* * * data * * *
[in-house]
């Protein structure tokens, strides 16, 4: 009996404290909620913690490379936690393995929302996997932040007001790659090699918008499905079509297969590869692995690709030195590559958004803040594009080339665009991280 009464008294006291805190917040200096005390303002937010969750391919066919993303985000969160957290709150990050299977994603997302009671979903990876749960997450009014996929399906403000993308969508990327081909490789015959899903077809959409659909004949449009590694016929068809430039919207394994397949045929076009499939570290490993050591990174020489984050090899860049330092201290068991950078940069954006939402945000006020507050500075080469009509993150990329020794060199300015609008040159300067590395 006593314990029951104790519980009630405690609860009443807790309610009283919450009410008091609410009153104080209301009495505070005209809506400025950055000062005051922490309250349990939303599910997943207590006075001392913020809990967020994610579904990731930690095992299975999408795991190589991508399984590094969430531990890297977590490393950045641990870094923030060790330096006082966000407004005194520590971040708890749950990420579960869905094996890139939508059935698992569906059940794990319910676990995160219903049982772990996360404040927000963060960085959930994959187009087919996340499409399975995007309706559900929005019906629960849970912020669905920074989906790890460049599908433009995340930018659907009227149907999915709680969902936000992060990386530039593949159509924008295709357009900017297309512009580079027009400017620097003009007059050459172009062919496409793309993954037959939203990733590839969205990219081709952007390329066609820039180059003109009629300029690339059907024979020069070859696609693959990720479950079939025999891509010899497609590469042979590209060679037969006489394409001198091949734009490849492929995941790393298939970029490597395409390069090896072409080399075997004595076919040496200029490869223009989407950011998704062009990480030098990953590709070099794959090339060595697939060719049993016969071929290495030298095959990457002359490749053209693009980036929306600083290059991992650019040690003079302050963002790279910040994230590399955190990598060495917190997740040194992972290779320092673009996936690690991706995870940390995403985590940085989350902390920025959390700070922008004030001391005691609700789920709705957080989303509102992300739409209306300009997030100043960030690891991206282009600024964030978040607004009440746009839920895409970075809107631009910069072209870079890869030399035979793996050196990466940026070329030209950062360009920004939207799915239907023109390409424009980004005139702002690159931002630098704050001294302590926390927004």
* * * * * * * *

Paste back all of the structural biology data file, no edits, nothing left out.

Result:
[in-house]
């Protein structure tokens, strides 16, 4: 009996404290909620913690490379936690393995929302996997932040007001790659090699918008499905079509297969590869692995690709030195590559958004803040594009080339665009991280 009464008294006291805190917040200096005390303002937010969750391919066919993303985000969160957290709150990050299977994603997302009671979903990876749960997450009014996929399906403000993308969508990327081909490789015959899903077809959409659909004949449009590694016929068809430039919207394994397949045929076009499939570290490993050591990174020489984050090899860049330092201290068991950078940069954006939402945000006020507050500075080469009509993150990329020794060199300015609008040159300067590395 006593314990029951104790519980009630405690609860009443807790309610009283919450009410008091609410009153104080209301009495505070005209809506400025950055000062005051922490309250349990939303599910997943207590006075001392913020809990967020994610579904990731930690095992299975999408795991190589991508399984590094969430531990890297977590490393950045641990870094923030060790330096006082966000407004005194520590971040708890749950990420579960869905094996890139939508059935698992569906059940794990319910676990995160219903049982772990996360404040927000963060960085959930994959187009087919996340499409399975995007309706559900929005019906629960849970912020669905920074989906790890460049599908433009995340930018659907009227149907999915709680969902936000992060990386530039593949159509924008295709357009900017297309512009580079027009400017620097003009007059050459172009062919496409793309993954037959939203990733590839969205990219081709952007390329066609820039180059003109009629300029690339059907024979020069070859696609693959990720479950079939025999891509010899497609590469042979590209060679037969006489394409001198091949734009490849492929995941790393298939970029490597395409390069090896072409080399075997004595076919040496200029490869223009989407950011998704062009990480030098990953590709070099794959090339060595697939060719049993016969071929290495030298095959990457002359490749053209693009980036929306600083290059991992650019040690003079302050963002790279910040994230590399955190990598060495917190997740040194992972290779320092673009996936690690991706995870940390995403985590940085989350902390920025959390700070922008004030001391005691609700789920709705957080989303509102992300739409209306300009997030100043960030690891991206282009600024964030978040607004009440746009839920895409970075809107631009910069072209870079890869030399035979793996050196990466940026070329030209950062360009920004939207799915239907023109390409424009980004005139702002690159931002630098704050001294302590926390927004």